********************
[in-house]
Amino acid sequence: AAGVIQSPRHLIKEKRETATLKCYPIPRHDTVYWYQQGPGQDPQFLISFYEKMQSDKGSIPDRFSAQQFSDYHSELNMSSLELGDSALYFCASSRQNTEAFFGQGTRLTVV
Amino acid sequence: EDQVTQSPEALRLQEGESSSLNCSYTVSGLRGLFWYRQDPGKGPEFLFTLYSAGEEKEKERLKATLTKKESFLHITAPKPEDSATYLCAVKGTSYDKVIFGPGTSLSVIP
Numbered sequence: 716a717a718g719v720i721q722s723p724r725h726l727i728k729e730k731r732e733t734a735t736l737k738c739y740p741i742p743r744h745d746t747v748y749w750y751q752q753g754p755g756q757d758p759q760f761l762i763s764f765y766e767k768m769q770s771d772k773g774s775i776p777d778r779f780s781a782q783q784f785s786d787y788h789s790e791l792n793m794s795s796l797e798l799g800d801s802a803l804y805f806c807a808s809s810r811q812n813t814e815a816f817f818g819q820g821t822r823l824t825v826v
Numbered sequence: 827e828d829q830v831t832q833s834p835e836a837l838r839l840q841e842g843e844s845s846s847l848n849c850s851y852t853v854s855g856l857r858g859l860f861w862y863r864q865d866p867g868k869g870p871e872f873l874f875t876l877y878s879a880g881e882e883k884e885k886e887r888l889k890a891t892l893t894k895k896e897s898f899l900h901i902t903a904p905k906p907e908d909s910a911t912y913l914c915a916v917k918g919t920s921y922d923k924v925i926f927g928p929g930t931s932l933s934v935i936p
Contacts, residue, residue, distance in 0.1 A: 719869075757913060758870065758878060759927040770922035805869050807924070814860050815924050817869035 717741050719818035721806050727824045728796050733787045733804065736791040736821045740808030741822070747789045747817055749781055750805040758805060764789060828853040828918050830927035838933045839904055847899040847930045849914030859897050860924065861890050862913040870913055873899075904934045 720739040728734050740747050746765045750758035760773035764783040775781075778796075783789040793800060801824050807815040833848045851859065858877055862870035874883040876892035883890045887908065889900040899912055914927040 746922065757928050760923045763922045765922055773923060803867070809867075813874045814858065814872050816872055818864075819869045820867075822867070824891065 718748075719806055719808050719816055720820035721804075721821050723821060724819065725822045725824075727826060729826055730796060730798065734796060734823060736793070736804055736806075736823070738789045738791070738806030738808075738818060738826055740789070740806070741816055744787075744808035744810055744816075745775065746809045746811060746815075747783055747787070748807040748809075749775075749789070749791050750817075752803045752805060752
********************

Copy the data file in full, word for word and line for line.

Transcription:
[in-house]
Amino acid sequence: AAGVIQSPRHLIKEKRETATLKCYPIPRHDTVYWYQQGPGQDPQFLISFYEKMQSDKGSIPDRFSAQQFSDYHSELNMSSLELGDSALYFCASSRQNTEAFFGQGTRLTVV
Amino acid sequence: EDQVTQSPEALRLQEGESSSLNCSYTVSGLRGLFWYRQDPGKGPEFLFTLYSAGEEKEKERLKATLTKKESFLHITAPKPEDSATYLCAVKGTSYDKVIFGPGTSLSVIP
Numbered sequence: 716a717a718g719v720i721q722s723p724r725h726l727i728k729e730k731r732e733t734a735t736l737k738c739y740p741i742p743r744h745d746t747v748y749w750y751q752q753g754p755g756q757d758p759q760f761l762i763s764f765y766e767k768m769q770s771d772k773g774s775i776p777d778r779f780s781a782q783q784f785s786d787y788h789s790e791l792n793m794s795s796l797e798l799g800d801s802a803l804y805f806c807a808s809s810r811q812n813t814e815a816f817f818g819q820g821t822r823l824t825v826v
Numbered sequence: 827e828d829q830v831t832q833s834p835e836a837l838r839l840q841e842g843e844s845s846s847l848n849c850s851y852t853v854s855g856l857r858g859l860f861w862y863r864q865d866p867g868k869g870p871e872f873l874f875t876l877y878s879a880g881e882e883k884e885k886e887r888l889k890a891t892l893t894k895k896e897s898f899l900h901i902t903a904p905k906p907e908d909s910a911t912y913l914c915a916v917k918g919t920s921y922d923k924v925i926f927g928p929g930t931s932l933s934v935i936p
Contacts, residue, residue, distance in 0.1 A: 719869075757913060758870065758878060759927040770922035805869050807924070814860050815924050817869035 717741050719818035721806050727824045728796050733787045733804065736791040736821045740808030741822070747789045747817055749781055750805040758805060764789060828853040828918050830927035838933045839904055847899040847930045849914030859897050860924065861890050862913040870913055873899075904934045 720739040728734050740747050746765045750758035760773035764783040775781075778796075783789040793800060801824050807815040833848045851859065858877055862870035874883040876892035883890045887908065889900040899912055914927040 746922065757928050760923045763922045765922055773923060803867070809867075813874045814858065814872050816872055818864075819869045820867075822867070824891065 718748075719806055719808050719816055720820035721804075721821050723821060724819065725822045725824075727826060729826055730796060730798065734796060734823060736793070736804055736806075736823070738789045738791070738806030738808075738818060738826055740789070740806070741816055744787075744808035744810055744816075745775065746809045746811060746815075747783055747787070748807040748809075749775075749789070749791050750817075752803045752805060752